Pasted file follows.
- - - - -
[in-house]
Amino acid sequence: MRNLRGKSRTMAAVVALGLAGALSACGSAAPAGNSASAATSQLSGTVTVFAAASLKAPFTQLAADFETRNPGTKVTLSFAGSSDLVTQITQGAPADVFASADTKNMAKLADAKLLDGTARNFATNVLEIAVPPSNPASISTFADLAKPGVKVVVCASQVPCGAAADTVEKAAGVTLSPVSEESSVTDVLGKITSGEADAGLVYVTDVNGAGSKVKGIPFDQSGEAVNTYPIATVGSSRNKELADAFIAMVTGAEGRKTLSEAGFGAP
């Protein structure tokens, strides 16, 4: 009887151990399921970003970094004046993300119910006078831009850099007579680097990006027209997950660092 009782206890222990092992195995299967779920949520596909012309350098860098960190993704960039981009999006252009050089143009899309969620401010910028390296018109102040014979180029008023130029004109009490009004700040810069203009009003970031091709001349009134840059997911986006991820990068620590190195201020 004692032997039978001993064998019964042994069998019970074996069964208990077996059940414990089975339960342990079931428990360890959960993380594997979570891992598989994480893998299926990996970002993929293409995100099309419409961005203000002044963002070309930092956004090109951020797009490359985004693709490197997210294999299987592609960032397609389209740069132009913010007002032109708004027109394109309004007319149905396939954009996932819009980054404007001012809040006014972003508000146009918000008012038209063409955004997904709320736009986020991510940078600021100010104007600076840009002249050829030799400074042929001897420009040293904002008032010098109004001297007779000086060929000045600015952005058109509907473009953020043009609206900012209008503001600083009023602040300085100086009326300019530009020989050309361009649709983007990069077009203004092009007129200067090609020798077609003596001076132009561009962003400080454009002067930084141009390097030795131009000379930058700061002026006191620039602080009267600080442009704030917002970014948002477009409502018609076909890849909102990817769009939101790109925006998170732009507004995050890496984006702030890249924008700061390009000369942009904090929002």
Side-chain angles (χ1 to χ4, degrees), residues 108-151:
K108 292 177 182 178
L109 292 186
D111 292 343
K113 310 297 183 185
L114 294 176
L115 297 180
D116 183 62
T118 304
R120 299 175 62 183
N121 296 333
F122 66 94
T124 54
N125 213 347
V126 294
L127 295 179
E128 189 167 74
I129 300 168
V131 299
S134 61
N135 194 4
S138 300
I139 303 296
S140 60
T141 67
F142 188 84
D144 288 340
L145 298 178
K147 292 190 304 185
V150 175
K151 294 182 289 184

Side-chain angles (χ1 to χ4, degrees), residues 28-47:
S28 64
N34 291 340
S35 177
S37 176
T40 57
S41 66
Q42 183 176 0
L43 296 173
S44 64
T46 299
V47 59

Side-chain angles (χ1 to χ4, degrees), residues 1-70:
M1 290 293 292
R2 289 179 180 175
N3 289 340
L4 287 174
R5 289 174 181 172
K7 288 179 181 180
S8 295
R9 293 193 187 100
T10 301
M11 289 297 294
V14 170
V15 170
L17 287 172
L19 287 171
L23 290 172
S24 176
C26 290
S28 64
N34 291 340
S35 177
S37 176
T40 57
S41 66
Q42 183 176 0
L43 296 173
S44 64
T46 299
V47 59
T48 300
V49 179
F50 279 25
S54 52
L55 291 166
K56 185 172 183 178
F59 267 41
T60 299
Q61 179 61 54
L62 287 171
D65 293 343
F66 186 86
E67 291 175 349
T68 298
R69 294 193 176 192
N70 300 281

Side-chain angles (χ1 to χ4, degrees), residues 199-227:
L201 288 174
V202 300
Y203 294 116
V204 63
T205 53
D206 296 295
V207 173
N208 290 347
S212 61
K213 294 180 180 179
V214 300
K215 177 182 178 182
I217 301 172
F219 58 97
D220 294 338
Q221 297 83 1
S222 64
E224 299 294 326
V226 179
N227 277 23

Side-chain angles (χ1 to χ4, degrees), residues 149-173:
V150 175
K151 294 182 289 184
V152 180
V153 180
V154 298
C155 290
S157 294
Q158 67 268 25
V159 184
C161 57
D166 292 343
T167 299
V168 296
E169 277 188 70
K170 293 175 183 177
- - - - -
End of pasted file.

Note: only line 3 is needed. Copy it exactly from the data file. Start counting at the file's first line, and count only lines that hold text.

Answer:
């Protein structure tokens, strides 16, 4: 009887151990399921970003970094004046993300119910006078831009850099007579680097990006027209997950660092 009782206890222990092992195995299967779920949520596909012309350098860098960190993704960039981009999006252009050089143009899309969620401010910028390296018109102040014979180029008023130029004109009490009004700040810069203009009003970031091709001349009134840059997911986006991820990068620590190195201020 004692032997039978001993064998019964042994069998019970074996069964208990077996059940414990089975339960342990079931428990360890959960993380594997979570891992598989994480893998299926990996970002993929293409995100099309419409961005203000002044963002070309930092956004090109951020797009490359985004693709490197997210294999299987592609960032397609389209740069132009913010007002032109708004027109394109309004007319149905396939954009996932819009980054404007001012809040006014972003508000146009918000008012038209063409955004997904709320736009986020991510940078600021100010104007600076840009002249050829030799400074042929001897420009040293904002008032010098109004001297007779000086060929000045600015952005058109509907473009953020043009609206900012209008503001600083009023602040300085100086009326300019530009020989050309361009649709983007990069077009203004092009007129200067090609020798077609003596001076132009561009962003400080454009002067930084141009390097030795131009000379930058700061002026006191620039602080009267600080442009704030917002970014948002477009409502018609076909890849909102990817769009939101790109925006998170732009507004995050890496984006702030890249924008700061390009000369942009904090929002």